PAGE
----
The woman lowered her weapon at the name. She was shadowed beneath the eve, but Cosmin could see the swirling of tattoos that covered the lower half of her face. She did not bow as he approached. “Hail Cosmin,” she said.

“Hail Rhoa.”

She let out a short whistle and Cosmin caught the movement of three other figures from the corners of his vision. All lowered their bows at Rhoa’s signal. They went still once again and vanished as though they had never been there at all.

She must have seen the surprise on his face. “The Lodge is on edge,” she said as she knocked hard on the doors. “The Days are here early. There is something bad in the air.”

“Yes,” Cosmin said. “There is.”

Rhoa pushed the doors open and nodded for Cosmin to enter.

The Lodge beyond the doors was grim and silent. It had always been a raucous place and now it sat as still and dead as the surrounding district. A fire pit dominated the center of the building’s great room though it held nothing but cold ashes. The dark shapes of several of the Sovern were seated in benches around the pit. Cosmin could only just see them. They did not speak or nod as he passed, they only stared.

Rhoa stepped in front of Cosmin and led him through the room and out to a wide arched hallway and a vast courtyard beyond. “He’s been waiting for you,” she said.

The sky was above Cosmin once more. He could see the green grass, nearly blue in the night, as it stretched out across the yard and he could see the great silhouette of a man standing at its center. Rhoa stopped at the edge of the courtyard and Cosmin walked alone. The great man had his hands folded behind his back and was staring up at the night sky. He did not turn as Cosmin approached.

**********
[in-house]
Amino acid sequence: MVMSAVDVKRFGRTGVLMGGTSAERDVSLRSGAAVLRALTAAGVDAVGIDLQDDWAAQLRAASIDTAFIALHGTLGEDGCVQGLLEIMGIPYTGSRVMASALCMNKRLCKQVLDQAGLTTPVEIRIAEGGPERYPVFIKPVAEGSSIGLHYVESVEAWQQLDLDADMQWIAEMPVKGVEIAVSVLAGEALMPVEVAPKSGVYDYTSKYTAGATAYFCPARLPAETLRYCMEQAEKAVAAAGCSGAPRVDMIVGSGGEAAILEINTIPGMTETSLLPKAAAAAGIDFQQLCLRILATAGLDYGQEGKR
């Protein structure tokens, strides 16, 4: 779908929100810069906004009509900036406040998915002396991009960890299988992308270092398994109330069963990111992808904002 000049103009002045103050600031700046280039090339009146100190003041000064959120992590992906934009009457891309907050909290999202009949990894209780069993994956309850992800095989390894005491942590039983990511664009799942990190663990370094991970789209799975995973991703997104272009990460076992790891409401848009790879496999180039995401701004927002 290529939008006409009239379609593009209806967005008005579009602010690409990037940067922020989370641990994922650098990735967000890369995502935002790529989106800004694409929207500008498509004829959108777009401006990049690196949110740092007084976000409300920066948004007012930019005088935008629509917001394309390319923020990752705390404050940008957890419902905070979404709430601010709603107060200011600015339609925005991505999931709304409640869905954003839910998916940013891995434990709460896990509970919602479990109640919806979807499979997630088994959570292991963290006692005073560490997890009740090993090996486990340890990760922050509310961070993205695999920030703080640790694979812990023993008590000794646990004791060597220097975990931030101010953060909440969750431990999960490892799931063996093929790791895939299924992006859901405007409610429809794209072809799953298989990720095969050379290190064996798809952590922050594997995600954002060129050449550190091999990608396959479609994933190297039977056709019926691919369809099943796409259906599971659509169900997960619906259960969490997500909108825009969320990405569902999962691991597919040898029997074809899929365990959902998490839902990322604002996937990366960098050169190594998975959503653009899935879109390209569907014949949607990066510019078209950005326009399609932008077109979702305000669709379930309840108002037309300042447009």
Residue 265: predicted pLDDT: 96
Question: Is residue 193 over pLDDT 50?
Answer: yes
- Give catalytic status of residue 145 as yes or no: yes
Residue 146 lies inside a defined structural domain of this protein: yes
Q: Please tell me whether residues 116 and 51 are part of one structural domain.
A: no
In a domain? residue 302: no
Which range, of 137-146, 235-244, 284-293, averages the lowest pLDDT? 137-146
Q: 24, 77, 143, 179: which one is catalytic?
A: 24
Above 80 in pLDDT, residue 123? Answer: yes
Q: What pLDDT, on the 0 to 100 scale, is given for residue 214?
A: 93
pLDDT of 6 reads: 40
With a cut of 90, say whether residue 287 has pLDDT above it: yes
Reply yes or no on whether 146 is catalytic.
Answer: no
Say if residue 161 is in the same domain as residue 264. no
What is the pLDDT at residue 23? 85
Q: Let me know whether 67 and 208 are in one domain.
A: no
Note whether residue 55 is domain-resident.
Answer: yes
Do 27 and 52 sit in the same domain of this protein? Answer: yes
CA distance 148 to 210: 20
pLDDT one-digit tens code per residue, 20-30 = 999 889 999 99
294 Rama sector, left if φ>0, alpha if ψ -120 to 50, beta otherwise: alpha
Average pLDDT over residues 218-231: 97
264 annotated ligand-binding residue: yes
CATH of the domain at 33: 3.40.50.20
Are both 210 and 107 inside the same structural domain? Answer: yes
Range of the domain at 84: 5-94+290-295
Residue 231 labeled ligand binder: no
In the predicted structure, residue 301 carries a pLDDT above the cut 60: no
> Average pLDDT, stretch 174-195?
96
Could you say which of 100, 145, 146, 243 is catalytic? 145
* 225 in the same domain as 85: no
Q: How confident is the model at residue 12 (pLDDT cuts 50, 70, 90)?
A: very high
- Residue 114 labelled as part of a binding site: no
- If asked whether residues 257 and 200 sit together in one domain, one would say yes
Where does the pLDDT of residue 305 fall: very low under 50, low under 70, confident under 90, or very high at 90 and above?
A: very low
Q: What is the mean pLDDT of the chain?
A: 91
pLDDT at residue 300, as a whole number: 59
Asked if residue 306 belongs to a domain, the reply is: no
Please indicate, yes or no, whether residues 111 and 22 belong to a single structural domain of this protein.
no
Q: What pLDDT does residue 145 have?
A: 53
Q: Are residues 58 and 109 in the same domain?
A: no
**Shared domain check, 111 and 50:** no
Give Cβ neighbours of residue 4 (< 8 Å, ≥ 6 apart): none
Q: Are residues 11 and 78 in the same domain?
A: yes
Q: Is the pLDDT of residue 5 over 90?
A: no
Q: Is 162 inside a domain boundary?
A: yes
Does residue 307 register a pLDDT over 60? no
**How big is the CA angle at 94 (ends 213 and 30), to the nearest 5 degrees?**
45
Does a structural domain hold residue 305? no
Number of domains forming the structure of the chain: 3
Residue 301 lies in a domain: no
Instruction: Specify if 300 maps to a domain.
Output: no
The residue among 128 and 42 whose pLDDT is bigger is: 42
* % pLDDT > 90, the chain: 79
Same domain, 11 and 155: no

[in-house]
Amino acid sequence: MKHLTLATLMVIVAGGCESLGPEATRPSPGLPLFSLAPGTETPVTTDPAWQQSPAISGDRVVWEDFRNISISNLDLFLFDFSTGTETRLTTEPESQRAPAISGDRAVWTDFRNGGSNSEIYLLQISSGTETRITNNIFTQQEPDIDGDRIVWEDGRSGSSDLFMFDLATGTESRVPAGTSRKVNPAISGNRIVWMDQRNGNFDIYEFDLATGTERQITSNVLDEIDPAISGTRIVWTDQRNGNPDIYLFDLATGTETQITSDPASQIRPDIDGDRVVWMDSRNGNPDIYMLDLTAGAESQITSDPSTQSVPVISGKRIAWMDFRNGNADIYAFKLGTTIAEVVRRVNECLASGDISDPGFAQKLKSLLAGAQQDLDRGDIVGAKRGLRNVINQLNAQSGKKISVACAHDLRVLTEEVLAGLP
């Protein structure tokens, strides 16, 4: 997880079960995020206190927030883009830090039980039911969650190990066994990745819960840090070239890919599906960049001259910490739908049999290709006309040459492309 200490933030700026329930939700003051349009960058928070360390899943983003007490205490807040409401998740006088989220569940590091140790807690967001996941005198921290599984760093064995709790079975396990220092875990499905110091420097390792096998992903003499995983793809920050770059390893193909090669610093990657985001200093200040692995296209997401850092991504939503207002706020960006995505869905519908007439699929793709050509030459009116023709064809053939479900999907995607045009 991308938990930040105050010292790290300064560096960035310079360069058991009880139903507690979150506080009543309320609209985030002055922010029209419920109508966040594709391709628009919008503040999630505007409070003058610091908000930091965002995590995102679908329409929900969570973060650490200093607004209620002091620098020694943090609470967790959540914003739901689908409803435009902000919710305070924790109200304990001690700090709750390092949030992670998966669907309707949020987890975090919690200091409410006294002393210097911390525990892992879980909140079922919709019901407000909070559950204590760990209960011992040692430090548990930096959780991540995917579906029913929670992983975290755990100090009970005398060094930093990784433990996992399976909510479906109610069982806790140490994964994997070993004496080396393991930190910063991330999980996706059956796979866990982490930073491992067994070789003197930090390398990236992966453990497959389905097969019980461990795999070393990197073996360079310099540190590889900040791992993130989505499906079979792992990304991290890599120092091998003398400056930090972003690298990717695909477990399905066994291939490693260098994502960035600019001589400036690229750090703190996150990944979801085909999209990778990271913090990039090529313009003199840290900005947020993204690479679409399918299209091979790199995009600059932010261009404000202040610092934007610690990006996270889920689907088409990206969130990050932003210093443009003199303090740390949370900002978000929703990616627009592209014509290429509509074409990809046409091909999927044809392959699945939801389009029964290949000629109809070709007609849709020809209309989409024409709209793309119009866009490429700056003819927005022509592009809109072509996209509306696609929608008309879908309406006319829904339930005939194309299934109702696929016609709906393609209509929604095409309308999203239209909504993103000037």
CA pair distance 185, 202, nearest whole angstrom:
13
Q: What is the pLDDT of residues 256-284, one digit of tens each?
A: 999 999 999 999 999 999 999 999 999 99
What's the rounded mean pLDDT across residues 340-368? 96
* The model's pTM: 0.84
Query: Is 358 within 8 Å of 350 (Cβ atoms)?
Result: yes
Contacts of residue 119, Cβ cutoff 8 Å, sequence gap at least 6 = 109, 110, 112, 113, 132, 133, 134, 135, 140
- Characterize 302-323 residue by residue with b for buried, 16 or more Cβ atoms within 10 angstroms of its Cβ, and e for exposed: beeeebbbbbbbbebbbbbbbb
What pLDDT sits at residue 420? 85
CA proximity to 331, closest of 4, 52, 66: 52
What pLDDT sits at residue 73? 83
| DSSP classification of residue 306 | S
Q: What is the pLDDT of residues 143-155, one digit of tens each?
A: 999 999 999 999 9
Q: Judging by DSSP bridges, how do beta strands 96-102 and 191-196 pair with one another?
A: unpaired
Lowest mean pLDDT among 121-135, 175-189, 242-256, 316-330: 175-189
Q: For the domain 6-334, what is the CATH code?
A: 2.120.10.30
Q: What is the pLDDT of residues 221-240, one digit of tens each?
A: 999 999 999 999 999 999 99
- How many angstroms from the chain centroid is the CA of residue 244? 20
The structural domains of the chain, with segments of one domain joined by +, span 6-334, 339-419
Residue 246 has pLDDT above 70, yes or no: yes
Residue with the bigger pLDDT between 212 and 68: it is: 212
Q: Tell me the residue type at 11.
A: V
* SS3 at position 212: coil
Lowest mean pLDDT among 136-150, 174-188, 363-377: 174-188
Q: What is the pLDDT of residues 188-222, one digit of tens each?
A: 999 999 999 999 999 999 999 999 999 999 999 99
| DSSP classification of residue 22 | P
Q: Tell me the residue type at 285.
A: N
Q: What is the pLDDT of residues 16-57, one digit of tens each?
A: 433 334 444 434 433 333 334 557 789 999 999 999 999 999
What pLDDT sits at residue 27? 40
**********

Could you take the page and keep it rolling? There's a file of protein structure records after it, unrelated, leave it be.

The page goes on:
“Figured I’d see you,” Baltar Keyne said. He had the same accent as Rhoa, a holdover from the northern ancestry that many of the Sovern shared, though his was a rolling baritone.

“I need your help,” Cosmin said.

“I figured that as well.”

The moon seemed to brighten. It hung in a sea of stars so illuminated and vast they made the sky seem dirty with light. Baltar stood beneath them, feeling their expanse. His breaths were smooth and steady.

“It’s a lovely night,” Baltar said. “Crisp, and cool.”

Cosmin walked beside him and they both stood watching the sky for a long moment, they were small and frail beneath it. “It’s a terrible night,” Cosmin said at last.

“Indeed it is. But can’t it be both? Lovely and terrible at once? The fires are out, but the stars are burning for us.”

Cosmin turned and studied the man beside him. “You’re calmer than I was expecting.”

Baltar considered this. He scratched his beard and Cosmin saw the peaks and ridges of a hundred scars running along the man’s arm. One in the shape of a crescent moon was deep in the meat of his hand. “Calm,” he said. “I am far from calm.”

“You hide it well.”

Baltar crossed his arms against his chest. “Have you any idea how my hunters love their fires? They are a great weapon for us, and now they have all gone cold.” He turned to face Cosmin, the teeth woven into his beard rattled as he did so. “Some hope dies with the flames. It always does.”

“I think that’s the whole point.”

“Of course it is. The Faith loves us to be desperate in the darkness. We are meant to lose hope. But what then? What replaces hope when hope is lost?”

“Fear,” Cosmin said. “Sadness.”

Baltar nodded. He turned back to the stars. “Indeed. But my Sovern do not understand fear or sadness. I’ve broken them of both. They are butchers. And when they lose hope something darker than fear or sadness replaces it.”

“Something you put there.”

Baltar nodded. “Perhaps. Or perhaps it was always there and I simply know how to wake it. Whatever the source, each of my Sovern have a fire inside of them. One that burns when all the rest go out. But it is a black fire, and not one that I am prepared to stoke. Not tonight. So I wear a mask of calm. They see it and they are calm in turn.”

“It’s very convincing.”

“Yes, well. It’s been worn many times. We all put them on, do we not? Some of us wear many. Your own masks have been on for such a time you may not remember the face beneath them.”

“I can remember.”

“I hope that you do. Ere all be lost. Now tell me what happened to your hand.”

“I grabbed one of their clubs.” Cosmin raised his bandaged hand and turned it. It was soaked through and glistening in the moonlight. “By the wrong damn end.”